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2019 World Series: Washington Nationals’ Aníbal Sánchez struggles in 4-1 loss to Houston Astros...

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Aníbal Sánchez got squeezed a bit and gave up some big hits when he came in the zone in the Nationals’ 4-1 loss to the Astros in Game 3 of the World Series.

World Series - Houston Astros v Washington Nationals - Game Three Photo by Rob Carr/Getty Images

The first year of Aníbal Sánchez’s 2-year/$19M free agent deal with Washington’s Nationals didn’t get off to a good start, with the 35-year-old, 14-year veteran (0-6) over his first nine outings with a 5.10 ERA, 25 walks, 41 Ks, and a .263/.353/.463 line against in 42 1⁄3 IP, but after a short time off for a hamstring injury, he bounced back, going (11-2) in his final 21 regular season starts, with a 3.42 ERA, 33 walks, 93 strikeouts, and a .227/.282/.386 line against over 123 2⁄3 IP from late May on.

In two postseason starts before tonight, Sánchez was (1-0) with a 0.71 ERA, three walks, 14 Ks, and a .116/.208/.209 line against in two starts and 12 23 IP, giving up a run on four hits over five innings on the mound in Game 3 of the NLDS against the Los Angeles Dodgers, before tossing 7 23 scoreless in Game 1 of the NLCS with the St. Louis Cardinals, taking a no-hit bid into the eighth inning.

Sánchez dismissed concerns about the fact that he’d had 14 days off between the start against St. Louis and last night’s outing against the Houston Astros.

“Back to the outing when I threw against Dodgers, was the same amount of day that I didn’t pitch before that day,” Sánchez explained.

“I threw against Phillies two weeks before that game so now we understand the same amount of days.

“I just think most of the time — like right now probably — you need to rest because I’ve been throwing baseball since February, probably January. So right now it’s not something that’s going to affect you.

“So for me, I’m fine with the rest.”

Sánchez didn’t look particularly sharp early, and some shoddy play behind him helped the Astros get out to a 2-0 lead with runs in the second and third innings, but he held it there through four, and the Nationals cut the lead in half with a run off Zack Greinke in the home-half of the fourth inning, 2-1.

José Altuve, who doubled, took third on a Juan Soto error, and scored the Astros’ second run, added another in the top of the fifth, doubling and coming around on the second RBI single by Michael Brantley to make it 3-1 after four and a half.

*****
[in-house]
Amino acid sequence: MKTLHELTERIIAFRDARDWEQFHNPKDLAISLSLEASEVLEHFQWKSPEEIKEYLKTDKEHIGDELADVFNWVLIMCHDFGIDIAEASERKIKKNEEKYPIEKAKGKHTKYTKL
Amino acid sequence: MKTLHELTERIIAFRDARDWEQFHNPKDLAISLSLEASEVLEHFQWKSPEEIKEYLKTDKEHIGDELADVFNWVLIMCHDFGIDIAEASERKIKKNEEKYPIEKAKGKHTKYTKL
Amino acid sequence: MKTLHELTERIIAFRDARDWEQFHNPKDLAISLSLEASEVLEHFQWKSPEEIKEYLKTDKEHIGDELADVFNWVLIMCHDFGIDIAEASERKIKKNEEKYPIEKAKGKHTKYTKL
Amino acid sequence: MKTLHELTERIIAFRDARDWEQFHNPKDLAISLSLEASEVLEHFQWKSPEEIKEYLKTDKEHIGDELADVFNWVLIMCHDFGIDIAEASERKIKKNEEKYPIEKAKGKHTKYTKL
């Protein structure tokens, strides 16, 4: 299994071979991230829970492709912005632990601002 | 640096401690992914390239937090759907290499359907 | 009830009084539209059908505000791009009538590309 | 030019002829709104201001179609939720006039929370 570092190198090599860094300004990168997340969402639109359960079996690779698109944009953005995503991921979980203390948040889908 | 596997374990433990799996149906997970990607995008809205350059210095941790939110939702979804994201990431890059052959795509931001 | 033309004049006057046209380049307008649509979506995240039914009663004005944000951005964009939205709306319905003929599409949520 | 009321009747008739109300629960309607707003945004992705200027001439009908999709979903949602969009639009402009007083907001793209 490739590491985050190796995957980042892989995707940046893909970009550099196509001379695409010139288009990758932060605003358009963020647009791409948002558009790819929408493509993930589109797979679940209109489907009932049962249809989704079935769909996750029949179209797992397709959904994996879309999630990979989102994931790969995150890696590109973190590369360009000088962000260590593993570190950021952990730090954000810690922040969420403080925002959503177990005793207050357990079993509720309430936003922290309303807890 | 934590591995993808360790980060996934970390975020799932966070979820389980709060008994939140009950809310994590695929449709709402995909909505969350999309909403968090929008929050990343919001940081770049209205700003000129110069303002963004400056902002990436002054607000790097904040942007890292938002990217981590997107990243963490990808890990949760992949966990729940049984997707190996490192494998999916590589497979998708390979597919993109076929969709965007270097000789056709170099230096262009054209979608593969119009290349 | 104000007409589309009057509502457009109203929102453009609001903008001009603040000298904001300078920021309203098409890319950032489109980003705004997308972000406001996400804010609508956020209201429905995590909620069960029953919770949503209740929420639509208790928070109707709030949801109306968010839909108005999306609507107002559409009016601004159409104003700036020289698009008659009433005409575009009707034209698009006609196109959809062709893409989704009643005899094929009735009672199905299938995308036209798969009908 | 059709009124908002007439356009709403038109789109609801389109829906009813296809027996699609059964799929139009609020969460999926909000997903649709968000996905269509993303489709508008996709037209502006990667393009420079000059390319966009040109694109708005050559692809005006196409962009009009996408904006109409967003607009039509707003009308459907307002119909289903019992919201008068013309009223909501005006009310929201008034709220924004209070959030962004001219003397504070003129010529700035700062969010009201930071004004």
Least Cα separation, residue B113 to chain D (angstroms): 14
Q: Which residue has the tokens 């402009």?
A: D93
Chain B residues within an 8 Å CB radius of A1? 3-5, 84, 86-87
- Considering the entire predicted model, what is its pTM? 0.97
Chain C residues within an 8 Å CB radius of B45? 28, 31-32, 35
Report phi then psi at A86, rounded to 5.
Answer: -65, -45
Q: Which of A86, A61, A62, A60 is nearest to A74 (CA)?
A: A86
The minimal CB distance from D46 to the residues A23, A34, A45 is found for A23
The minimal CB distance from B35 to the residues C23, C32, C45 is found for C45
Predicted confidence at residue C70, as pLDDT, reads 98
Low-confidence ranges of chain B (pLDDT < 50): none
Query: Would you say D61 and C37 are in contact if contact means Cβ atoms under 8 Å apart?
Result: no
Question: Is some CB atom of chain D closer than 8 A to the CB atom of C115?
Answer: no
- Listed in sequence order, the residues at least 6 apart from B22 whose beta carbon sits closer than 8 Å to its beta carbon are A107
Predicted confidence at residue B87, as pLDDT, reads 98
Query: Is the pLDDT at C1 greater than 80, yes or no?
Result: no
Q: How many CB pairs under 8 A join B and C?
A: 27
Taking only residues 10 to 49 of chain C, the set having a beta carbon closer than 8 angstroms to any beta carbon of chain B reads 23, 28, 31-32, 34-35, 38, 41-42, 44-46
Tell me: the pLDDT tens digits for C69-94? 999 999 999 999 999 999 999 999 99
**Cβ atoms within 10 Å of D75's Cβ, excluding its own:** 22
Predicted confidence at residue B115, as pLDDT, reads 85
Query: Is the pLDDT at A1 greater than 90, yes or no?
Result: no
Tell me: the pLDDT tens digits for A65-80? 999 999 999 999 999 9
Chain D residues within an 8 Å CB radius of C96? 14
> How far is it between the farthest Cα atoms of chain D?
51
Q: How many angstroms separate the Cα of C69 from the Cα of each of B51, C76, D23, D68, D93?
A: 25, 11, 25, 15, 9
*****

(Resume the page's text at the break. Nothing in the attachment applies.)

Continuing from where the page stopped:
Robinson Chirinos bounced a first-pitch sinker off the left field foul one with out in the top of the sixth, 4-1, and a walk to pinch hitter Kyle Tucker in the next at bat ended Sánchez’s outing...

Aníbal Sánchez’s Line: 5.1 IP, 10 H, 4 R, 4 ER, 1 BB, 4 Ks, 1 HR, 93 P, 57 S, 4/2 GO/FO.

Nats’ skipper Davey Martinez was asked after the loss if he’d considered hitting for Sánchez early, when the Nationals scored a run with Ryan Zimmerman walking and scoring on Victor Robles’ RBI triple, but the manager left Sánchez in to hit and he fouled off a two-strike pitch trying to bunt before Trea Turner grounded out to end the inning with the Astros still up, 2-1.

“I seriously thought about it, yeah,” Martinez explained. “But you know what, I like the way Sánchez was pitching, he’s only had 60 pitches.

“I thought the way things were going, like I said, we put the ball in play, just couldn’t put the ball in play with runners in scoring position.

“I thought 2-1 the game was still fairly close. Like I say, I liked the way Sánchez was pitching at that point.”

“Today I feel good early in the game,” Sánchez told reporters, as quoted by MASN’s Byron Kerr.

“I missed a couple pitches against those guys, Altuve he hit pretty well, and Brantley. In those spots, they were able to score runs. The pitch that I miss more (was) against Chirinos. He put a really good swing on it. (With) those guys, one of the things you can’t miss, especially when I can’t locate my pitch in the corners. That’s when they able to hit (me) pretty good.”

It didn’t help Sánchez that home plate umpire Gary Cederstrom wasn’t giving him calls at the bottom of the zone, which is a polite way of saying the ump missed calls on a number of low strikes that were called balls, though the pitcher wouldn’t say it...

“For me, I never talk about any umpires,” Sánchez explained. “[They’re] humans. They can [make] mistakes, they can make some calls, but everything that happen today is not the umpire’s fault.

“If I had execute my pitch better, I have to do it,” he added. “I’m not going to say everything happen because I didn’t get that call there. The pitch was close in the strike zone, but at the end, it’s no big deal.”

“For me, it’s tough,” Sánchez added. “When I don’t have the location or I don’t have the call on the corners, I have to throw more in the strike zone.”